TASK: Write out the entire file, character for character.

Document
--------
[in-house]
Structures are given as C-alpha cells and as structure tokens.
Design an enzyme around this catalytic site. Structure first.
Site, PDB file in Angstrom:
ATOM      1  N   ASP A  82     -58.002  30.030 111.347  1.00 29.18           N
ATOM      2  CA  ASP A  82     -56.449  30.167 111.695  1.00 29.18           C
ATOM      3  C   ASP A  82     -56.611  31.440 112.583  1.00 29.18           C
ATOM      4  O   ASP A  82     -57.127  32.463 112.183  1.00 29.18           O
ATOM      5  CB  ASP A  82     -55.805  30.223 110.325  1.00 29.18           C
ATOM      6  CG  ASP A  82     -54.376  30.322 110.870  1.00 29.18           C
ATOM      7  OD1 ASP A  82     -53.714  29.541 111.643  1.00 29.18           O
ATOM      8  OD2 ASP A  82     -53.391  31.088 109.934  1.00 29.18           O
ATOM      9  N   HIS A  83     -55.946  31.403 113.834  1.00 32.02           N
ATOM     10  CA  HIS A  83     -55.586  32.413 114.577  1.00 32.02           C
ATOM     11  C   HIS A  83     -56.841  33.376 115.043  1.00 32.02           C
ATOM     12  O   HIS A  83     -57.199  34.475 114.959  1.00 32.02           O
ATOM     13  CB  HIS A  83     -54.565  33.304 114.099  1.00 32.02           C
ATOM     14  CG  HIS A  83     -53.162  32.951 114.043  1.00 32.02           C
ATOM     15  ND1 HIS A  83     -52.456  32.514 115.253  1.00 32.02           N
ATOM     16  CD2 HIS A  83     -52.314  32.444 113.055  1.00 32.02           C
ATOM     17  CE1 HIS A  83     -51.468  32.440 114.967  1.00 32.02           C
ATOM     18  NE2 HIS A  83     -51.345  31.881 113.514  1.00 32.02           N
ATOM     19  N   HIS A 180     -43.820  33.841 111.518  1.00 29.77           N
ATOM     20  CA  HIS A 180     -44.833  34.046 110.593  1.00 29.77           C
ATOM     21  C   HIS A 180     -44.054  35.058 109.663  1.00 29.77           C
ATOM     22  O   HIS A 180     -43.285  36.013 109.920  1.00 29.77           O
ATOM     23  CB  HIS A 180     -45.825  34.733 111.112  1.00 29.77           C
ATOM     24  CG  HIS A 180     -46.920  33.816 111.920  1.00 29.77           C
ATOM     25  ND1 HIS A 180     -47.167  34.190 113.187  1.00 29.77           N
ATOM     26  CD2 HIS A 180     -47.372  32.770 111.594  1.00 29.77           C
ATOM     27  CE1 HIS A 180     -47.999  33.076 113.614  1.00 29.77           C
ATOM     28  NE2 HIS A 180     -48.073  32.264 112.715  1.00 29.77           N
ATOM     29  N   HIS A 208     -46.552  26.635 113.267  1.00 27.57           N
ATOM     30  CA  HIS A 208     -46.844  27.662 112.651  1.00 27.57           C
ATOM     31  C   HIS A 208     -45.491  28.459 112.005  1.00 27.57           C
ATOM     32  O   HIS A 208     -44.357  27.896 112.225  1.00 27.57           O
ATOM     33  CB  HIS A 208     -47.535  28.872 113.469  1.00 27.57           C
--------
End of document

[in-house]
Structures are given as C-alpha cells and as structure tokens.
Design an enzyme around this catalytic site. Structure first.
Site, PDB file in Angstrom:
ATOM      1  N   ASP A  82     -58.002  30.030 111.347  1.00 29.18           N
ATOM      2  CA  ASP A  82     -56.449  30.167 111.695  1.00 29.18           C
ATOM      3  C   ASP A  82     -56.611  31.440 112.583  1.00 29.18           C
ATOM      4  O   ASP A  82     -57.127  32.463 112.183  1.00 29.18           O
ATOM      5  CB  ASP A  82     -55.805  30.223 110.325  1.00 29.18           C
ATOM      6  CG  ASP A  82     -54.376  30.322 110.870  1.00 29.18           C
ATOM      7  OD1 ASP A  82     -53.714  29.541 111.643  1.00 29.18           O
ATOM      8  OD2 ASP A  82     -53.391  31.088 109.934  1.00 29.18           O
ATOM      9  N   HIS A  83     -55.946  31.403 113.834  1.00 32.02           N
ATOM     10  CA  HIS A  83     -55.586  32.413 114.577  1.00 32.02           C
ATOM     11  C   HIS A  83     -56.841  33.376 115.043  1.00 32.02           C
ATOM     12  O   HIS A  83     -57.199  34.475 114.959  1.00 32.02           O
ATOM     13  CB  HIS A  83     -54.565  33.304 114.099  1.00 32.02           C
ATOM     14  CG  HIS A  83     -53.162  32.951 114.043  1.00 32.02           C
ATOM     15  ND1 HIS A  83     -52.456  32.514 115.253  1.00 32.02           N
ATOM     16  CD2 HIS A  83     -52.314  32.444 113.055  1.00 32.02           C
ATOM     17  CE1 HIS A  83     -51.468  32.440 114.967  1.00 32.02           C
ATOM     18  NE2 HIS A  83     -51.345  31.881 113.514  1.00 32.02           N
ATOM     19  N   HIS A 180     -43.820  33.841 111.518  1.00 29.77           N
ATOM     20  CA  HIS A 180     -44.833  34.046 110.593  1.00 29.77           C
ATOM     21  C   HIS A 180     -44.054  35.058 109.663  1.00 29.77           C
ATOM     22  O   HIS A 180     -43.285  36.013 109.920  1.00 29.77           O
ATOM     23  CB  HIS A 180     -45.825  34.733 111.112  1.00 29.77           C
ATOM     24  CG  HIS A 180     -46.920  33.816 111.920  1.00 29.77           C
ATOM     25  ND1 HIS A 180     -47.167  34.190 113.187  1.00 29.77           N
ATOM     26  CD2 HIS A 180     -47.372  32.770 111.594  1.00 29.77           C
ATOM     27  CE1 HIS A 180     -47.999  33.076 113.614  1.00 29.77           C
ATOM     28  NE2 HIS A 180     -48.073  32.264 112.715  1.00 29.77           N
ATOM     29  N   HIS A 208     -46.552  26.635 113.267  1.00 27.57           N
ATOM     30  CA  HIS A 208     -46.844  27.662 112.651  1.00 27.57           C
ATOM     31  C   HIS A 208     -45.491  28.459 112.005  1.00 27.57           C
ATOM     32  O   HIS A 208     -44.357  27.896 112.225  1.00 27.57           O
ATOM     33  CB  HIS A 208     -47.535  28.872 113.469  1.00 27.57           C